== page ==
As anticipated here
, last Tuesday I stopped in at a bookstore after work and picked up the new Stephen Hawking book
, co-authored with Leonard Mlodinow.
First off, I should point out that I'm not a scientist, though it helps that I'm familiar with the Heisenberg uncertainty principle and some of the basics of quantum physics -- both of these concepts are critical to Hawking's discussion. In any case, this book is clearly aimed at non-scientists. It's only 180 pages and technical language is kept to a bare minimum, considering the nature of the subject. And there's essentially no math, although Hawking is quite emphatic about the importance
of mathematics to the real work of moving science forward; for example, the advance of human knowledge was seriously inhibited until the development (in India) of positional notation about 1,300 years ago, despite the many brilliant figures produced by earlier civilizations such as Greece and Rome.
The main problem the book sets out to address is the origin of the universe -- "Why is there something rather than nothing?" Since that question has traditionally been the province of philosophy, the book spends quite a lot of space on explaining how the world of atomic and sub-atomic particles and events, as revealed by quantum physics, works in a completely different way than the larger-scale world we can directly observe; it renders traditional philosophical approaches pretty much useless for understanding reality. The quantum world is almost unbelievably strange, and yet all of these phenomena have been confirmed by a vast range of experiments performed over nearly a century. Quantum physics is bizarre, but it is true
. And no, it does not legitimize this or that form of ancient mysticism, as quite a few less-than-honest authors have claimed. It's something entirely new.
This is not a book for people whose reaction to quantum physics is to throw up their hands and gabble blankly about how amazingly weird it is. Hawking pays you the compliment of expecting you to actually get
I won't try to summarize the book's whole argument, which is itself a summary of far more complex work, but the gist of it is this: based on what we now know about physics, absolute nothingness would be an unstable and indeed impossible condition. That's why there is something rather than nothing. There can't be nothing. The very nature of reality does not allow it. To understand why, read the book, and be sure to follow the argument carefully. After I finished reading, I had to spend some time re-thinking what I had read before I was sure that I really understood why the conclusion follows from the theories and from the observational evidence which has verified them. As I said, the book is written for the non-scientist, but the concepts it explains have taken generations for some of the most brilliant people in the world to work out and confirm by experiment. There's a limit to how easy it can be made.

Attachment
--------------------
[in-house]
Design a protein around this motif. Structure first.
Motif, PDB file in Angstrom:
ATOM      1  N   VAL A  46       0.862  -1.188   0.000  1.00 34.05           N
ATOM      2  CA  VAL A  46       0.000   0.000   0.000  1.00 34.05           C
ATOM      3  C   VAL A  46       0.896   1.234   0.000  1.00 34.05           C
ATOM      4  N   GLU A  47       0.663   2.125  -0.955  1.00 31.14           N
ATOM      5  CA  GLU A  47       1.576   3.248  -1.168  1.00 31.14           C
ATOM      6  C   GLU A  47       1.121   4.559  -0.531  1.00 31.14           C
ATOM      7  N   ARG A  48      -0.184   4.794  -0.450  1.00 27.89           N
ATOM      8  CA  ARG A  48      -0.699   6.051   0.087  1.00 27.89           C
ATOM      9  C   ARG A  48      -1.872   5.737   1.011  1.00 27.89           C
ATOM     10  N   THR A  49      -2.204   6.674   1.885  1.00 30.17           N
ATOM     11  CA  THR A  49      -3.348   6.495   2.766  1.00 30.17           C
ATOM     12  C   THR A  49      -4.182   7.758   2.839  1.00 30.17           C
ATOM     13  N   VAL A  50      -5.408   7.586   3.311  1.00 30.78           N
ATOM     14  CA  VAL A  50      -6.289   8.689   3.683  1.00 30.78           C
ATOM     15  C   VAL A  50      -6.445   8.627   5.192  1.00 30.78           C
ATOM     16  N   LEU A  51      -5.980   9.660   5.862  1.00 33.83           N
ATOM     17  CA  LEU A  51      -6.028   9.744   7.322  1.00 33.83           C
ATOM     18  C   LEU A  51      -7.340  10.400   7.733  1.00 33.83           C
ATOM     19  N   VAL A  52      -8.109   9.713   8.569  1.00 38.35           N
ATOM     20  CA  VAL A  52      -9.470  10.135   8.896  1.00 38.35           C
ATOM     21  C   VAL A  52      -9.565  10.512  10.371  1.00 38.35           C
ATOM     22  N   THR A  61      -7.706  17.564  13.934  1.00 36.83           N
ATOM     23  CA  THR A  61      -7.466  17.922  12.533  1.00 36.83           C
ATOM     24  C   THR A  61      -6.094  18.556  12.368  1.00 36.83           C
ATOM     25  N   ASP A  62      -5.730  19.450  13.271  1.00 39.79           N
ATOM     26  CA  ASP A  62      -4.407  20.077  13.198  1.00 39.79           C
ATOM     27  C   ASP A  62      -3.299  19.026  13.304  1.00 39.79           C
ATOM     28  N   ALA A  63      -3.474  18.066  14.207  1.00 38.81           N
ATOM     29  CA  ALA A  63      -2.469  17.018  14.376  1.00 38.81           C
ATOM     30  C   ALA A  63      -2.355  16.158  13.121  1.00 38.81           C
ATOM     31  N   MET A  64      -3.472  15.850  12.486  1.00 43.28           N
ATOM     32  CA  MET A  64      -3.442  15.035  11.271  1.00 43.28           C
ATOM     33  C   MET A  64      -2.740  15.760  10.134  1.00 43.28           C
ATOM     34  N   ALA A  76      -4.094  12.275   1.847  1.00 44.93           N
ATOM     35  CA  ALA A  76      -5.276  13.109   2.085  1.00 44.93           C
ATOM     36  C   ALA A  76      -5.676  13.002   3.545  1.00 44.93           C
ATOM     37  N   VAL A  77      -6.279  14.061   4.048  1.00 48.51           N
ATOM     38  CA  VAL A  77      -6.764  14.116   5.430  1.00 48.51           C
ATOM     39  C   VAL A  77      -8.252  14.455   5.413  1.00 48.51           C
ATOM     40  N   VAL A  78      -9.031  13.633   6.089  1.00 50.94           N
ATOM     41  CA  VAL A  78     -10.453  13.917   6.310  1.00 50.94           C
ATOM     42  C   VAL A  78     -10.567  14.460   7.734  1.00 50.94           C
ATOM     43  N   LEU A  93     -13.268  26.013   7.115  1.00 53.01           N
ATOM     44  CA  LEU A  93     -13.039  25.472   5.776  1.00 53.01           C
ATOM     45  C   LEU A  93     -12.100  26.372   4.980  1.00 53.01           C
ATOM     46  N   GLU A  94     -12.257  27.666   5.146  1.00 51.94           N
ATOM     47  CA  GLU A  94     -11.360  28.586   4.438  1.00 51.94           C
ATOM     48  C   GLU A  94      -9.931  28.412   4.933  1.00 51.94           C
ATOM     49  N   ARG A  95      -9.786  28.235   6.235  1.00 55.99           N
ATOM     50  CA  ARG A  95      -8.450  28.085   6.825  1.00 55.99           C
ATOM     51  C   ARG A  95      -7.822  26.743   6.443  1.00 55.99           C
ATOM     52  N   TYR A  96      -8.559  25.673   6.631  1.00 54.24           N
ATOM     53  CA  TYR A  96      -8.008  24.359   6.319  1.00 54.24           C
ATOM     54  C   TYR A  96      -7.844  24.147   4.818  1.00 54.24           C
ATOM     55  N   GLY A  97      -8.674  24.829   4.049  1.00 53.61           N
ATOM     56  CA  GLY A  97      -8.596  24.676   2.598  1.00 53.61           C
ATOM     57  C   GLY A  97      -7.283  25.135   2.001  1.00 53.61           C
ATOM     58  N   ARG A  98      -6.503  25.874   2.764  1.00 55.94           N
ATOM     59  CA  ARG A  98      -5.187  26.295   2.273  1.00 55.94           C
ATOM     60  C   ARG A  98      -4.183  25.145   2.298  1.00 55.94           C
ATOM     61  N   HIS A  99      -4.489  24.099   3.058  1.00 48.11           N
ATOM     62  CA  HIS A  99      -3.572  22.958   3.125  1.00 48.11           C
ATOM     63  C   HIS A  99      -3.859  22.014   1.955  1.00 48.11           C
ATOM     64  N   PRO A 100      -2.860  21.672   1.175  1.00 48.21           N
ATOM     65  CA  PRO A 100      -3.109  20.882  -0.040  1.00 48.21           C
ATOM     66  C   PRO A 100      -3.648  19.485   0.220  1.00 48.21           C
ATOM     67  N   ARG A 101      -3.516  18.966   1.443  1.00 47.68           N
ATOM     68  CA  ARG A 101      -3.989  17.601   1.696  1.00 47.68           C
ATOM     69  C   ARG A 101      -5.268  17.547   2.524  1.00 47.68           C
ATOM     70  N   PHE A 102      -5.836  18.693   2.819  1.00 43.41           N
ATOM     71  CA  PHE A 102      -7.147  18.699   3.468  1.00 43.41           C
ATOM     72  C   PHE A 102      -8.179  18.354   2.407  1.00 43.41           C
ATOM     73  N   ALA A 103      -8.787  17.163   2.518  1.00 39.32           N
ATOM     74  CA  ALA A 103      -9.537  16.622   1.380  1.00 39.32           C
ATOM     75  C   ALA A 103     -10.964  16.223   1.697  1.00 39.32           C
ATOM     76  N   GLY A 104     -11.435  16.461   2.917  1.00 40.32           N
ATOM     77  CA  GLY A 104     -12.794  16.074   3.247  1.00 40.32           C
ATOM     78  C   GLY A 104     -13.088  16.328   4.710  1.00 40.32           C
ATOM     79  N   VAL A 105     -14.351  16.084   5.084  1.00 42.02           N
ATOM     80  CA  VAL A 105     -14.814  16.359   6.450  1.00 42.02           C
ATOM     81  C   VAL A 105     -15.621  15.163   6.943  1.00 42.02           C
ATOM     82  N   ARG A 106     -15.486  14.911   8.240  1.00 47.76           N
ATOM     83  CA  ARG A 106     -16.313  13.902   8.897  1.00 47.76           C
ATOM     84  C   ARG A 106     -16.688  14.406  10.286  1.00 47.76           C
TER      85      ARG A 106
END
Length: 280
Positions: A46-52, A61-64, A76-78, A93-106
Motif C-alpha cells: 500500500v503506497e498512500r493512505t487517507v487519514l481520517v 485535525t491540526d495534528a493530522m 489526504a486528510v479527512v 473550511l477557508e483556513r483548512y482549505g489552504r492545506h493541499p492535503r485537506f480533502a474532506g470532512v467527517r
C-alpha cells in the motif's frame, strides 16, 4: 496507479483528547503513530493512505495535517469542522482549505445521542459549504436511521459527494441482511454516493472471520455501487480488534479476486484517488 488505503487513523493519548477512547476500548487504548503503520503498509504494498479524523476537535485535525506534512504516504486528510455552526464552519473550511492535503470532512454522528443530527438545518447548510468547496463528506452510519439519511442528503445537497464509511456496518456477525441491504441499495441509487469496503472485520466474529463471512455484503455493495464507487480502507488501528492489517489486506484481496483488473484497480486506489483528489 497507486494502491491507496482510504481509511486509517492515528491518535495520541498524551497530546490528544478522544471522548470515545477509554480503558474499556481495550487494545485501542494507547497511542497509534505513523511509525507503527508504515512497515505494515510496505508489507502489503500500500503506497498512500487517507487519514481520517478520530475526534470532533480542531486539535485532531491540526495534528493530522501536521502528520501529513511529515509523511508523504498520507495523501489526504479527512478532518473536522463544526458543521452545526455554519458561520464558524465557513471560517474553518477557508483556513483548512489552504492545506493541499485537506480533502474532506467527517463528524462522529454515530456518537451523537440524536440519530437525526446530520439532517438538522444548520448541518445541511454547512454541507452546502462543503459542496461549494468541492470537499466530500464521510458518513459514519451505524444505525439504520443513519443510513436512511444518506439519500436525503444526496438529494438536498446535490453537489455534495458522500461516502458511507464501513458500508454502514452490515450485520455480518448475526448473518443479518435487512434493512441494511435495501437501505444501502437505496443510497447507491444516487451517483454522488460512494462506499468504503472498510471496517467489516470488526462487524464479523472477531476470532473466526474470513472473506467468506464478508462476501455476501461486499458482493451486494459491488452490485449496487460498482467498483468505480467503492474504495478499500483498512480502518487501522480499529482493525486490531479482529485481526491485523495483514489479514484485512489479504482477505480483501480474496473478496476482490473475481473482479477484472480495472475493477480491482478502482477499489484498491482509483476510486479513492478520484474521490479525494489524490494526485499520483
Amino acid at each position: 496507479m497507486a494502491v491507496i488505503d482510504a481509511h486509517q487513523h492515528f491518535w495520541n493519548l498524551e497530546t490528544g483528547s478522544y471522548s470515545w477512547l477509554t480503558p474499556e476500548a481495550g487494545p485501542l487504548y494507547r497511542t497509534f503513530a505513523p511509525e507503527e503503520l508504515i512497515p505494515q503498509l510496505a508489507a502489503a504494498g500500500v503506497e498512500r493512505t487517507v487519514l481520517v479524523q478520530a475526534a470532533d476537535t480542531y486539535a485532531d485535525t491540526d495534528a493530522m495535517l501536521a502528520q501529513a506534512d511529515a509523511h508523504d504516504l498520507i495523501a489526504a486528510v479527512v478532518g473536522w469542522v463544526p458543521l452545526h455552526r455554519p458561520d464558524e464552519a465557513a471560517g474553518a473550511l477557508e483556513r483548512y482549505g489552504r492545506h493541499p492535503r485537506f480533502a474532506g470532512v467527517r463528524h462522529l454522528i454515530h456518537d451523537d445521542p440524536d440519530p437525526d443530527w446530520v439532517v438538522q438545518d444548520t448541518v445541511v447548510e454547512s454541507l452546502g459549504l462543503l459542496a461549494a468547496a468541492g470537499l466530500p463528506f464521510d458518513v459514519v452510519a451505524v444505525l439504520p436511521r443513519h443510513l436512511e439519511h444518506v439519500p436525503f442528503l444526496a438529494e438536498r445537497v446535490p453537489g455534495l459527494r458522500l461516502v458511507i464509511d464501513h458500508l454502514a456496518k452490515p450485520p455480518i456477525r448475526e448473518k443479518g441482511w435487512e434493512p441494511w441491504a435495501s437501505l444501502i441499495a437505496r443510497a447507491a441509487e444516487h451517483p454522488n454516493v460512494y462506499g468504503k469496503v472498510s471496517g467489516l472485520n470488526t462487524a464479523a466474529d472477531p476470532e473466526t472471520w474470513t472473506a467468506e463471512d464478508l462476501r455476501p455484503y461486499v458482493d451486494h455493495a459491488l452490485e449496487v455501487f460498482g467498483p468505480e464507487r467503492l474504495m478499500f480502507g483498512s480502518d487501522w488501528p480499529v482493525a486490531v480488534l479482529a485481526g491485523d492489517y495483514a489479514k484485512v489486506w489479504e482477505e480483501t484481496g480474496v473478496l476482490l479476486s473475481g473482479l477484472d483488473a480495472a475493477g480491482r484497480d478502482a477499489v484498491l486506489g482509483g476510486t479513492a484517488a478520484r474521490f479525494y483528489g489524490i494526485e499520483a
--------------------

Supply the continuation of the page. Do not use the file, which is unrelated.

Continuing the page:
Much attention has been given to Hawking's dismissal of God, a point barely mentioned in the book. Hawking is far too cautious to claim that science has proven that God does not exist (religious concepts are usually defined in such a way as to be immune to testing by experiment or observation, thus they are irrelevant to science). What he does say is that science has shown that a deity, or any kind of supernatural intervention, is not necessary
to explain the fact that the universe exists. And this is clearly true.
The book also addresses a related issue: the fact that the natural laws of the universe seem to be oddly well-arranged to allow for environments hospitable to life. If any of the laws of nature were even slightly different, the universe would be a different place -- in most cases, different in ways which would not allow life-bearing environments to exist. This has been known for some time, and theists have argued that the too-convenient laws of nature must have been fine-tuned by a deity to favor life.
The real explanation is that the nature of reality which made the universe inevitable also made it inevitable in every possible way, not just the one way we are familiar with. That is to say, there is a vast number of universes (Hawking estimates their number as a 1 followed by 500 zeroes), with every possible combination of different natural laws. Inevitably, the universe we are living in and observing is one of those where the natural laws do allow life; only such a universe could have allowed us to evolve.
It is awe-inspiring to know that our species is capable of achieving understanding of such profound and difficult matters.